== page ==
Page last updated at 15:19 GMT, Friday, 26 March 2010

Advertising watchdog bans 'misleading' police ad

Police officers
The Home Office said people must know what they can expect from police

A Home Office campaign stating that police can now be expected to spend 80% of their time on the beat has been banned by the advertising watchdog.

The Advertising Standards Authority (ASA) said the advert did not make clear time spent "on the beat" included duties other than foot patrols.

It said the television advert must not be broadcast again in its current form.

The Home Office said it was "extremely disappointed". It said the advert told people what to expect from police.

The ASA said the advertisement broke its rules on being "legal, decent, honest, truthful".

It said that as well as having a misleading definition of "on the beat", the advert failed to make it clear which officers it referred to.

The pledge does not apply to all 140,000 police officers in England and Wales, only to 13,500 neighbourhood constables and 16,000 community support officers in neighbourhood policing teams.

Unless the public know what they have been promised, they cannot then hold their local forces to account
Home Office

The ASA ruling said: "The ad must not be broadcast again in its current form. We told the Home Office to ensure the basis of claims was made clear in future. We also told them to ensure they held adequate substantiation for future claims."

The adjudication is due to be officially published next week, however a copy of the report was leaked to a national newspaper.

The ASA said it would not comment on the adjudication ahead of its official release, but said it was "disappointed" the report had been leaked ahead of time.

The police advert is part of a campaign intended to make clear what the public can expect from the police.

It features a youth in a hooded top trying to steal a police badge but being taken away by officers.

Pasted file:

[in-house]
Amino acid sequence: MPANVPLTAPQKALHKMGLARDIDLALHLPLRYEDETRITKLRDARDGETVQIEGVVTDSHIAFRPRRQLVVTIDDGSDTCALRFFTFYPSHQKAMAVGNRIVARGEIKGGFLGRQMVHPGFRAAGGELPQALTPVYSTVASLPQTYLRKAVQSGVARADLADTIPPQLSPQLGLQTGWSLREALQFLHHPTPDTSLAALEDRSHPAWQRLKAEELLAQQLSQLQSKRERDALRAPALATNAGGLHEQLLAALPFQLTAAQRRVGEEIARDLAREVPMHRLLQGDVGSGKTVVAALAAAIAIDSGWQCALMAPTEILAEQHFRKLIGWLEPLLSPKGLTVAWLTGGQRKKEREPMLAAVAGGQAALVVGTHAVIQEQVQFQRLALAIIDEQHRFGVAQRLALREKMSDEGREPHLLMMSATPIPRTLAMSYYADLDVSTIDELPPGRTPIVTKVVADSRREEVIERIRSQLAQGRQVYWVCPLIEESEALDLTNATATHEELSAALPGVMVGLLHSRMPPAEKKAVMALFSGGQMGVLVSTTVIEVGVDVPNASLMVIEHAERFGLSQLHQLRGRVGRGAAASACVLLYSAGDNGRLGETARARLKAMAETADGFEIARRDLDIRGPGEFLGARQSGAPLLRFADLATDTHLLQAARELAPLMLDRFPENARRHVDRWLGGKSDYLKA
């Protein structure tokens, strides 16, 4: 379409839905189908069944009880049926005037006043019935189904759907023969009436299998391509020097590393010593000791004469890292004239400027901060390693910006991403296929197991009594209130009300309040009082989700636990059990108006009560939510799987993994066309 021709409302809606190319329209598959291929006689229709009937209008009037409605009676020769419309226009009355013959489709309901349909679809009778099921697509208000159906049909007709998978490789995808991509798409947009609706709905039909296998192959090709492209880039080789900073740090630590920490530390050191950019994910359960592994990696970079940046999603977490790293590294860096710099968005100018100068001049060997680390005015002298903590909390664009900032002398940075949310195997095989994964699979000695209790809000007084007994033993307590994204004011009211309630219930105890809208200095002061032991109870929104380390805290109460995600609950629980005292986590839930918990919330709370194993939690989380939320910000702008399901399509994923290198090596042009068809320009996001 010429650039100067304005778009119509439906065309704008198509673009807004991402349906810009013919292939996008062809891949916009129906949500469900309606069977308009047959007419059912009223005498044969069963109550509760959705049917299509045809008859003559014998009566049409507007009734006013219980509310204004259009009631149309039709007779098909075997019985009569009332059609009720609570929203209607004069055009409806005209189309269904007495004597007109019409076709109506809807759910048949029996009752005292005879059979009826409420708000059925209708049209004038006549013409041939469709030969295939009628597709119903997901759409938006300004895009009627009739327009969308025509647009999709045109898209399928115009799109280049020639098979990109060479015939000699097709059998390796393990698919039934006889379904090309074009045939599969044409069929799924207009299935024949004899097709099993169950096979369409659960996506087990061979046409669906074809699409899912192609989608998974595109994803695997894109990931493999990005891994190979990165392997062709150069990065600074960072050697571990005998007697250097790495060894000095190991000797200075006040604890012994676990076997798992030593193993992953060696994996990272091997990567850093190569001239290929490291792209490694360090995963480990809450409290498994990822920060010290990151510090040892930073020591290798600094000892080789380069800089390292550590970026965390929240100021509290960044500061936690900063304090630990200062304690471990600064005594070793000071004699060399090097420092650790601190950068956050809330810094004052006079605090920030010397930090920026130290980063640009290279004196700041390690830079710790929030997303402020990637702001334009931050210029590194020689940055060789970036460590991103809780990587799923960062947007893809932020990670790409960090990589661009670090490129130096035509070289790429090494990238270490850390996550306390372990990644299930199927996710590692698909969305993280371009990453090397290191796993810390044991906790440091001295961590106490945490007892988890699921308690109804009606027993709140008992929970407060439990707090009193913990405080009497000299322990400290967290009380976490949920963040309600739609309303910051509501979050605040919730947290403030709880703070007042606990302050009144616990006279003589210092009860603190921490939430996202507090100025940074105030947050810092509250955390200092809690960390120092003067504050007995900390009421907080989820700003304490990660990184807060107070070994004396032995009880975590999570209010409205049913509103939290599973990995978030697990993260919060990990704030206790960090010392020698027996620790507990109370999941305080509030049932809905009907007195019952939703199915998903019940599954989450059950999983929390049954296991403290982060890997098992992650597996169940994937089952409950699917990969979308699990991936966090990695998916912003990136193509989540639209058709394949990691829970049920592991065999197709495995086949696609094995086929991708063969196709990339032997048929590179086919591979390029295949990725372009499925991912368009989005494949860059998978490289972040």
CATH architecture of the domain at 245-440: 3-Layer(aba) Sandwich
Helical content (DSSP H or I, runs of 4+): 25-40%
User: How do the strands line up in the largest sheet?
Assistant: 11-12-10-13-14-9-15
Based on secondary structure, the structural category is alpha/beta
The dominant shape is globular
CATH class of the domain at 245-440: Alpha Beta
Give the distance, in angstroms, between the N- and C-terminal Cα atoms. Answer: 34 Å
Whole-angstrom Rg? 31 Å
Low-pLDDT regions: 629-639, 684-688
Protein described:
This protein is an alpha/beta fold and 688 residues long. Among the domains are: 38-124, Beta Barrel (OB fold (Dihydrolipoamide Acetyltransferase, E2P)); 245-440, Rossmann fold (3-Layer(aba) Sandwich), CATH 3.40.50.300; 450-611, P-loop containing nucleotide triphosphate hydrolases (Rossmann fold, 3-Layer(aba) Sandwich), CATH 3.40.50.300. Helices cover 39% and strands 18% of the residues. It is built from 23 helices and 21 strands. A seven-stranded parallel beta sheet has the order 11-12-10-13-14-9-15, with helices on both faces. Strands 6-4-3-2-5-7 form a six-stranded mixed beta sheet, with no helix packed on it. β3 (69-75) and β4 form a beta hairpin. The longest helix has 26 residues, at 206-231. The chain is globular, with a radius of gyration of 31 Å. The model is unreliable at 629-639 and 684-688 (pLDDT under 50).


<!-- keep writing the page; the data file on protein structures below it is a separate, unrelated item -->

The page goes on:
Meaning 'explicitly clear

The advert says the 80% beat pledge means the public will be seeing "a lot more" of the police "and so will any criminals".

A Home Office spokesman said: "We believe that 'on the beat' is a recognised term for what the police do whilst working in neighbourhoods and engaging with communities.

"This can be patrolling, talking to the public in the street, attending a residents' meeting, challenging people's actions or behaviour and of course, where necessary, making arrests.

"We also believe that the adverts made it explicitly clear in the voice-over that it was Neighbourhood Policing Teams who would be out on the beat.

"Unless the public know what they have been promised, they cannot then hold their local forces to account if they fail to achieve the standard."

Shadow home secretary Chris Grayling said: "Labour will stop at nothing to mislead the country and they seem willing to spend huge sums of honest taxpayers' money to achieve it.

"We can't go on like this. This government has got to realise that the British public deserve better."

Liberal Democrat home affairs spokesman Chris Huhne said: "Voters should not be fooled by Labour claims about the time police officers spend on the beat, as neither Labour nor the Tories are prepared to commit to increasing police numbers."

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